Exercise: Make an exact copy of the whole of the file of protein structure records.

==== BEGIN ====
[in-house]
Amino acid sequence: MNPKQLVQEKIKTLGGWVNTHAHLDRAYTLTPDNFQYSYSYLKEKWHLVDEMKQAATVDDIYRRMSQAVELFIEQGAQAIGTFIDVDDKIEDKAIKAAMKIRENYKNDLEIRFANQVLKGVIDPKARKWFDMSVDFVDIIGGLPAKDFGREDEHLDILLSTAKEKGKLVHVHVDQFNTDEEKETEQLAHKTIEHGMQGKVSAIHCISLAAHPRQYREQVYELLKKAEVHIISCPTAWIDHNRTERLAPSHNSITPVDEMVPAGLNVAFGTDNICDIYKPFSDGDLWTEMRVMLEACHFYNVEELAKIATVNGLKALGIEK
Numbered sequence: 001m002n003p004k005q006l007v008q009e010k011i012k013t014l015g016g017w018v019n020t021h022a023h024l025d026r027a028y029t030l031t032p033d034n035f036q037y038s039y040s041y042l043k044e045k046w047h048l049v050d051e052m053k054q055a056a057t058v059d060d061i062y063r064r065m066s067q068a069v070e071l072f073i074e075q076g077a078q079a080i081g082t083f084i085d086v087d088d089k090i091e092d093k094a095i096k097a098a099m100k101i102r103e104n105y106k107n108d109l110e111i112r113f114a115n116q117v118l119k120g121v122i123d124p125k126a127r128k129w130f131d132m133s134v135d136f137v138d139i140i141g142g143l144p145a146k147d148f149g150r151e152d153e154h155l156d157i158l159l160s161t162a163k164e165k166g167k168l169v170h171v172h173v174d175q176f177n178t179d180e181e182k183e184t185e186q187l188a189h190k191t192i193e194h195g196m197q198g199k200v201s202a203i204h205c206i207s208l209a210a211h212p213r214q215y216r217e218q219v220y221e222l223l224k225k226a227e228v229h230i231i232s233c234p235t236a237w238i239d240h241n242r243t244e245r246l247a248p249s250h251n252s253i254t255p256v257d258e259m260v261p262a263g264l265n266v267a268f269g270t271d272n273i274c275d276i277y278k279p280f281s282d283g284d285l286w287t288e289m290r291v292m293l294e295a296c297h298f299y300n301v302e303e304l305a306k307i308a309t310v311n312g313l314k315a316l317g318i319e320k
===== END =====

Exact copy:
[in-house]
Amino acid sequence: MNPKQLVQEKIKTLGGWVNTHAHLDRAYTLTPDNFQYSYSYLKEKWHLVDEMKQAATVDDIYRRMSQAVELFIEQGAQAIGTFIDVDDKIEDKAIKAAMKIRENYKNDLEIRFANQVLKGVIDPKARKWFDMSVDFVDIIGGLPAKDFGREDEHLDILLSTAKEKGKLVHVHVDQFNTDEEKETEQLAHKTIEHGMQGKVSAIHCISLAAHPRQYREQVYELLKKAEVHIISCPTAWIDHNRTERLAPSHNSITPVDEMVPAGLNVAFGTDNICDIYKPFSDGDLWTEMRVMLEACHFYNVEELAKIATVNGLKALGIEK
Numbered sequence: 001m002n003p004k005q006l007v008q009e010k011i012k013t014l015g016g017w018v019n020t021h022a023h024l025d026r027a028y029t030l031t032p033d034n035f036q037y038s039y040s041y042l043k044e045k046w047h048l049v050d051e052m053k054q055a056a057t058v059d060d061i062y063r064r065m066s067q068a069v070e071l072f073i074e075q076g077a078q079a080i081g082t083f084i085d086v087d088d089k090i091e092d093k094a095i096k097a098a099m100k101i102r103e104n105y106k107n108d109l110e111i112r113f114a115n116q117v118l119k120g121v122i123d124p125k126a127r128k129w130f131d132m133s134v135d136f137v138d139i140i141g142g143l144p145a146k147d148f149g150r151e152d153e154h155l156d157i158l159l160s161t162a163k164e165k166g167k168l169v170h171v172h173v174d175q176f177n178t179d180e181e182k183e184t185e186q187l188a189h190k191t192i193e194h195g196m197q198g199k200v201s202a203i204h205c206i207s208l209a210a211h212p213r214q215y216r217e218q219v220y221e222l223l224k225k226a227e228v229h230i231i232s233c234p235t236a237w238i239d240h241n242r243t244e245r246l247a248p249s250h251n252s253i254t255p256v257d258e259m260v261p262a263g264l265n266v267a268f269g270t271d272n273i274c275d276i277y278k279p280f281s282d283g284d285l286w287t288e289m290r291v292m293l294e295a296c297h298f299y300n301v302e303e304l305a306k307i308a309t310v311n312g313l314k315a316l317g318i319e320k